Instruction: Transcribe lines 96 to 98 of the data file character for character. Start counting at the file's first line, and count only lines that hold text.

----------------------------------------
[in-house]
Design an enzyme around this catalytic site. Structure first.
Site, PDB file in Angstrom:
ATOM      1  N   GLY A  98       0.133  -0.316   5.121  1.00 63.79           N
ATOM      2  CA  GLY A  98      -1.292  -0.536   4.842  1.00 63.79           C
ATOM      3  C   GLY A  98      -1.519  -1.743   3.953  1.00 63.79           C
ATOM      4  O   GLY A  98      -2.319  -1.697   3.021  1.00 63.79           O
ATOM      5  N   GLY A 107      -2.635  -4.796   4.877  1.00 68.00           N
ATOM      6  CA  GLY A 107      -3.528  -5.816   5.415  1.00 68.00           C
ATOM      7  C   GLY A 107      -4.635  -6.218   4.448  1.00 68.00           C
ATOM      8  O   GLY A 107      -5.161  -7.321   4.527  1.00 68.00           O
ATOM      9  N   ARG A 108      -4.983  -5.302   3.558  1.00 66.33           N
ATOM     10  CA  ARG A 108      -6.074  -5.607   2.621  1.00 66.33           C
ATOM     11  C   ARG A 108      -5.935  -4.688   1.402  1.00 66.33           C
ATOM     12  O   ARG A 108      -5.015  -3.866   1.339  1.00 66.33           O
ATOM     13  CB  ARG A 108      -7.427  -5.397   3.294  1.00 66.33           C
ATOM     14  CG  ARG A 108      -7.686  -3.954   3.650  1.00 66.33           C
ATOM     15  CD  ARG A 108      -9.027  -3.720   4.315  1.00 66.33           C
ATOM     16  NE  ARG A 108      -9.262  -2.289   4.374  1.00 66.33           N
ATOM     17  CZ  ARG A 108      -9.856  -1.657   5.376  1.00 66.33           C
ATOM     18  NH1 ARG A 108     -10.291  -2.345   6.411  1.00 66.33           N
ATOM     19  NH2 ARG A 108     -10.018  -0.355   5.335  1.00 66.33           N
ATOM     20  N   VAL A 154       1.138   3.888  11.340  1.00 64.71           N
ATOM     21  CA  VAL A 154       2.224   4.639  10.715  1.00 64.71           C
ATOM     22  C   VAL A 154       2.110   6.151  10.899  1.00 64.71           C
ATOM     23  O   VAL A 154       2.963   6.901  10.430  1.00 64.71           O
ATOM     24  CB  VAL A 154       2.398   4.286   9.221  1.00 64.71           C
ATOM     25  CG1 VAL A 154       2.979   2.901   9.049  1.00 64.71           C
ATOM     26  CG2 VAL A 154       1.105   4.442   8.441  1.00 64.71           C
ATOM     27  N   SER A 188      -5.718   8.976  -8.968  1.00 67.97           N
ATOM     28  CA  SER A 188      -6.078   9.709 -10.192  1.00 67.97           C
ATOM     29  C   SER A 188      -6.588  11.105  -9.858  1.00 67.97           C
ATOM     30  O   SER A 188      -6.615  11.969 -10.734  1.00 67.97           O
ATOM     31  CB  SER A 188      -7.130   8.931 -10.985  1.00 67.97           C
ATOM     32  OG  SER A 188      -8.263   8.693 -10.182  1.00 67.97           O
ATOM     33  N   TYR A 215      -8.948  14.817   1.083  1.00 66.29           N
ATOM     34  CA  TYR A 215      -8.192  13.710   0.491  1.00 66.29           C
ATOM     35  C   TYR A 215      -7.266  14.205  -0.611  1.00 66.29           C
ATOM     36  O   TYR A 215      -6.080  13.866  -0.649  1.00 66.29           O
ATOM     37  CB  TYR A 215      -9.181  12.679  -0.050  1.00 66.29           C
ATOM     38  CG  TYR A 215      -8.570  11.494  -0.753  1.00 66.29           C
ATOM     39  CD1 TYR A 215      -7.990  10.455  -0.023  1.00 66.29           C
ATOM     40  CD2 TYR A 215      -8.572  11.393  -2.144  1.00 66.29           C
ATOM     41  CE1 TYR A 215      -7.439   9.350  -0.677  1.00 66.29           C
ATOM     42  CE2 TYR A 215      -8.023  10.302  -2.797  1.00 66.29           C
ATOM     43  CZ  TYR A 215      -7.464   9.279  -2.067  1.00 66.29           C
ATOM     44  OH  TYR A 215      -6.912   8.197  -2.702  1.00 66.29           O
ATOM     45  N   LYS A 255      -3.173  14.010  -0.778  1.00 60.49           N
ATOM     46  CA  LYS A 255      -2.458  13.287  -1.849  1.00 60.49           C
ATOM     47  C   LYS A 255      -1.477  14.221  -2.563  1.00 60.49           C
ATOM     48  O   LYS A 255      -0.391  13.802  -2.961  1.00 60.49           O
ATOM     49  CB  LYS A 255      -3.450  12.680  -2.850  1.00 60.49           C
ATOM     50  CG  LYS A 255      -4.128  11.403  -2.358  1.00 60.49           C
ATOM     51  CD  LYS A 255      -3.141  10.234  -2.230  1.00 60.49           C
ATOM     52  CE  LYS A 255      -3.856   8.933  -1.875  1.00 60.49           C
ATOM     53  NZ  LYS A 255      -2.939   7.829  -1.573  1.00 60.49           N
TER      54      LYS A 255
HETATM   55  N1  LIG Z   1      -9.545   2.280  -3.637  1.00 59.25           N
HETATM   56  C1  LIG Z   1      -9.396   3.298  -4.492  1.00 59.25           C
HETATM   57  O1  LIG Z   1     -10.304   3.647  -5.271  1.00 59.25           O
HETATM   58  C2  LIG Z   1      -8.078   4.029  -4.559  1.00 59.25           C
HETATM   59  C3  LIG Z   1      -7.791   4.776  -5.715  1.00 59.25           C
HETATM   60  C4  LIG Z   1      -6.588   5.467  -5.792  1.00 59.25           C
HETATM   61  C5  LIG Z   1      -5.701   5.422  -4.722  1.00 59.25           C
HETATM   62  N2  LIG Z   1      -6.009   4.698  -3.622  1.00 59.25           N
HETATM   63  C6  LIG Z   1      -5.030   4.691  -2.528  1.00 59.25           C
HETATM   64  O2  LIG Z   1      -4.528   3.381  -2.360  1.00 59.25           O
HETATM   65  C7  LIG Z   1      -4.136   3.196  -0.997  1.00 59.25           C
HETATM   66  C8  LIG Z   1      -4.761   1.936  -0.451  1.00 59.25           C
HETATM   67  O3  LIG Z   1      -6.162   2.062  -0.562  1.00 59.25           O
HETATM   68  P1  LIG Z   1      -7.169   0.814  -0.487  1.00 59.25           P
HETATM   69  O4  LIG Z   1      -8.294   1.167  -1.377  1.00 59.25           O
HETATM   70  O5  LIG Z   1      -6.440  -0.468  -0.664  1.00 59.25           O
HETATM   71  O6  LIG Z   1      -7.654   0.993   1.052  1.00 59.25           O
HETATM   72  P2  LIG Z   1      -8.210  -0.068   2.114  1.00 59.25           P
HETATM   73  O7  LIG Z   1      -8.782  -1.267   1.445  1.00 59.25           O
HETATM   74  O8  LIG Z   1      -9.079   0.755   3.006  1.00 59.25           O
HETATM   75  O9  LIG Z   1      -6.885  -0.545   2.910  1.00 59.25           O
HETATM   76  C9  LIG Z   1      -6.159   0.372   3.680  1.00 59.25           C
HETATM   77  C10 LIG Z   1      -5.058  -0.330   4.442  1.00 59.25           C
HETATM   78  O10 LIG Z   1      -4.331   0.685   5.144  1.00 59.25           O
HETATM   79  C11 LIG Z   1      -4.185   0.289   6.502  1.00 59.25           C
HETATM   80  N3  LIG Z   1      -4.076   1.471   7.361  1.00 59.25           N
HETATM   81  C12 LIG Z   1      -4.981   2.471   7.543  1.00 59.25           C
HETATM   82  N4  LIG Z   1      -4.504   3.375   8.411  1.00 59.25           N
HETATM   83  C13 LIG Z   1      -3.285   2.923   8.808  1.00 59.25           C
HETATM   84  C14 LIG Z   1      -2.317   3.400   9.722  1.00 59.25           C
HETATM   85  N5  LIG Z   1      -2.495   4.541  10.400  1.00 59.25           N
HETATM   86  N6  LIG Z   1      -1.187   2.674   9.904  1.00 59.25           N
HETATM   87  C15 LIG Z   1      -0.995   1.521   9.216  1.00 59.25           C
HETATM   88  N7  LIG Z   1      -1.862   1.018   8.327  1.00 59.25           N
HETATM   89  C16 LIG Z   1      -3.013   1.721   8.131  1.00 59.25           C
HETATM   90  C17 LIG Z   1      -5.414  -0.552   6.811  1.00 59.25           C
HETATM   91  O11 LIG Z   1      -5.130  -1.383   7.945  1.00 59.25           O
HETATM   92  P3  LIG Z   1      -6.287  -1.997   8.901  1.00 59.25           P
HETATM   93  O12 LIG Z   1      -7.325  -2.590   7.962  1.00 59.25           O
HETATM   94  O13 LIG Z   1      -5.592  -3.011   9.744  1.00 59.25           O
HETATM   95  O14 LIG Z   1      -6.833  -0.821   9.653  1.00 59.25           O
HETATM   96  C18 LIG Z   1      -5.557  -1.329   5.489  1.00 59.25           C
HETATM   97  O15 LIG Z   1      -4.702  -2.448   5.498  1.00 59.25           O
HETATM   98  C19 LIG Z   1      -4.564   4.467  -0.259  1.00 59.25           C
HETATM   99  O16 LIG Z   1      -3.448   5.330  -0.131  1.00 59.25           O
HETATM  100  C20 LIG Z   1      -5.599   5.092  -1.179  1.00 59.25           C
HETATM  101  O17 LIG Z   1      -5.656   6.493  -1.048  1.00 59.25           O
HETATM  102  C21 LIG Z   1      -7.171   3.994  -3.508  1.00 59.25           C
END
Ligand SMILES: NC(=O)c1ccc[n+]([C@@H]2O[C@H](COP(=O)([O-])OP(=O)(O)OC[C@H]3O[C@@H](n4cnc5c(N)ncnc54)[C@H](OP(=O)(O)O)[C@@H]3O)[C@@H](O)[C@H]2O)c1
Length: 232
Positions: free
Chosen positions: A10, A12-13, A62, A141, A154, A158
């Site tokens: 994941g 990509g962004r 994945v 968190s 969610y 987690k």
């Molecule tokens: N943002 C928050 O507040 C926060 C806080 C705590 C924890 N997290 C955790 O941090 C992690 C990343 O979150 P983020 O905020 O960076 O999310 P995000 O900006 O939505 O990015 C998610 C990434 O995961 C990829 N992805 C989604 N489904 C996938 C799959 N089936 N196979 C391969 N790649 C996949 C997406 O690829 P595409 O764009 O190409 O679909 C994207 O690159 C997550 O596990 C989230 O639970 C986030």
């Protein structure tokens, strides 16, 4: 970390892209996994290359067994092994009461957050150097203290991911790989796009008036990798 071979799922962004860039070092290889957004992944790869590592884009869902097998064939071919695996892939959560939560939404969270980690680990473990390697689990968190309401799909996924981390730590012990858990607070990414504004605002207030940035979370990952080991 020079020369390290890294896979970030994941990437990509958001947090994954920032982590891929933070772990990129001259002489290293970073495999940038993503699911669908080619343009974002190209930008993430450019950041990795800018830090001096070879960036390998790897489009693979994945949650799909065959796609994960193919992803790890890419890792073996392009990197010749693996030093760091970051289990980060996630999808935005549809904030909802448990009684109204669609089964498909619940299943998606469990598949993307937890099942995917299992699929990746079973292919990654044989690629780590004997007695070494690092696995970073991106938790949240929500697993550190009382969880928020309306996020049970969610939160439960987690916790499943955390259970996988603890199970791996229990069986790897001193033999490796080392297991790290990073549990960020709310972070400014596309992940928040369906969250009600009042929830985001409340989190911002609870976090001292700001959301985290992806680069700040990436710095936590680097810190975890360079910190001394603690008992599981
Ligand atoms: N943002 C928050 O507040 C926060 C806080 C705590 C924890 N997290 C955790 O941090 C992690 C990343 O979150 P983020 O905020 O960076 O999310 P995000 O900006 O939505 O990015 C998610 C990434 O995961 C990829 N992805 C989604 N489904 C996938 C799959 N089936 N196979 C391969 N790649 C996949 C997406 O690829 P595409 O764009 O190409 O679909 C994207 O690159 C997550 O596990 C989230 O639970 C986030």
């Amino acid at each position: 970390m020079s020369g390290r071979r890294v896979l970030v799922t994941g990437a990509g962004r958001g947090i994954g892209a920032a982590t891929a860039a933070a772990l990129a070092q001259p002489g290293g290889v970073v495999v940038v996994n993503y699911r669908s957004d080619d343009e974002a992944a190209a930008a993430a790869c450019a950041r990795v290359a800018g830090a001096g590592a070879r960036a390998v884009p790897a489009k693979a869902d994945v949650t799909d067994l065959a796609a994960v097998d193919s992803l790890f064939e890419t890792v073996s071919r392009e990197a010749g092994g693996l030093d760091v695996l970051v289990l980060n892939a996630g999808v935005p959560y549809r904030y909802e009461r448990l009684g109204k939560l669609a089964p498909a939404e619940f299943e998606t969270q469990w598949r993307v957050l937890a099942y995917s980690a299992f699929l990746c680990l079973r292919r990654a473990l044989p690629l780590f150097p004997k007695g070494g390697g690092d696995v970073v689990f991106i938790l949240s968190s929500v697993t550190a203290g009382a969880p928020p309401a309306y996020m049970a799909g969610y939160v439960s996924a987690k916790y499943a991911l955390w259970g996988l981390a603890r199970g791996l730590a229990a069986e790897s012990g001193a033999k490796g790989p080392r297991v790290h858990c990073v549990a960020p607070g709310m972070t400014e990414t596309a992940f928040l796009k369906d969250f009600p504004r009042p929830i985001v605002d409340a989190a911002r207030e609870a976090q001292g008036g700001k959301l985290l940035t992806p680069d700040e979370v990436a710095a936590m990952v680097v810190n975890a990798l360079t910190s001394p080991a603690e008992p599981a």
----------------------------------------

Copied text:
HETATM   93  O12 LIG Z   1      -7.325  -2.590   7.962  1.00 59.25           O
HETATM   94  O13 LIG Z   1      -5.592  -3.011   9.744  1.00 59.25           O
HETATM   95  O14 LIG Z   1      -6.833  -0.821   9.653  1.00 59.25           O